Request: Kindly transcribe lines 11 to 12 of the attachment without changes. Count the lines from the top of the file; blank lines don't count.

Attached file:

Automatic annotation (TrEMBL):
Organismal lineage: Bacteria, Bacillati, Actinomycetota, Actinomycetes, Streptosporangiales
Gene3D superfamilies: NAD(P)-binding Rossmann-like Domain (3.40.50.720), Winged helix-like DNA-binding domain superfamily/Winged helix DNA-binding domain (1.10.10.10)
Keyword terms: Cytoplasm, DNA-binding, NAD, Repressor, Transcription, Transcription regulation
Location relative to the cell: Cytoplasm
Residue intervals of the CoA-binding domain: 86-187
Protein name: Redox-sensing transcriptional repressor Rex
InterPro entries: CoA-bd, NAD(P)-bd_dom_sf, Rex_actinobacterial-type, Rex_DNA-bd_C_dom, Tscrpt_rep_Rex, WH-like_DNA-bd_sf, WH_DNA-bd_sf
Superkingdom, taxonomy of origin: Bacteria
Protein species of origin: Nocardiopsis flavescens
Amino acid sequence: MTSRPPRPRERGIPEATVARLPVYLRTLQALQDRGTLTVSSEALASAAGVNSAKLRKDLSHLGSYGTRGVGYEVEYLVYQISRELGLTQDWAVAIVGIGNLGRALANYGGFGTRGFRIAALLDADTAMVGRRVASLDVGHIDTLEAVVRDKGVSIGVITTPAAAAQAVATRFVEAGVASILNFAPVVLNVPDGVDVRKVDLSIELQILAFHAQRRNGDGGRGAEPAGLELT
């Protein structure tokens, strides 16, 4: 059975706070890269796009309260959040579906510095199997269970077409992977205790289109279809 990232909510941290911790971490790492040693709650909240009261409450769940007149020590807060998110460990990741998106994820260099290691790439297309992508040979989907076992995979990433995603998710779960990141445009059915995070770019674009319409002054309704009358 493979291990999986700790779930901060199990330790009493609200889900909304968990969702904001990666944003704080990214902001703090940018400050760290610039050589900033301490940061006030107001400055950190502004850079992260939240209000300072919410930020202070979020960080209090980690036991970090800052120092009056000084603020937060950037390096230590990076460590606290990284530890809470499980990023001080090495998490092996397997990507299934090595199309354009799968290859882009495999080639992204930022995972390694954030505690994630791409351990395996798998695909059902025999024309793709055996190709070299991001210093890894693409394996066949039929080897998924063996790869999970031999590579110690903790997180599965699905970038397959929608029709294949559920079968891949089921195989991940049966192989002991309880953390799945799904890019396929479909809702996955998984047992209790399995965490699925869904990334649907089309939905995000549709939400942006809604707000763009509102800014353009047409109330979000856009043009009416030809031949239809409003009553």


Amino acid sequence: MTSRPPRPRERGIPEATVARLPVYLRTLQALQDRGTLTVSSEALASAAGVNSAKLRKDLSHLGSYGTRGVGYEVEYLVYQISRELGLTQDWAVAIVGIGNLGRALANYGGFGTRGFRIAALLDADTAMVGRRVASLDVGHIDTLEAVVRDKGVSIGVITTPAAAAQAVATRFVEAGVASILNFAPVVLNVPDGVDVRKVDLSIELQILAFHAQRRNGDGGRGAEPAGLELT
């Protein structure tokens, strides 16, 4: 059975706070890269796009309260959040579906510095199997269970077409992977205790289109279809 990232909510941290911790971490790492040693709650909240009261409450769940007149020590807060998110460990990741998106994820260099290691790439297309992508040979989907076992995979990433995603998710779960990141445009059915995070770019674009319409002054309704009358 493979291990999986700790779930901060199990330790009493609200889900909304968990969702904001990666944003704080990214902001703090940018400050760290610039050589900033301490940061006030107001400055950190502004850079992260939240209000300072919410930020202070979020960080209090980690036991970090800052120092009056000084603020937060950037390096230590990076460590606290990284530890809470499980990023001080090495998490092996397997990507299934090595199309354009799968290859882009495999080639992204930022995972390694954030505690994630791409351990395996798998695909059902025999024309793709055996190709070299991001210093890894693409394996066949039929080897998924063996790869999970031999590579110690903790997180599965699905970038397959929608029709294949559920079968891949089921195989991940049966192989002991309880953390799945799904890019396929479909809702996955998984047992209790399995965490699925869904990334649907089309939905995000549709939400942006809604707000763009509102800014353009047409109330979000856009043009009416030809031949239809409003009553």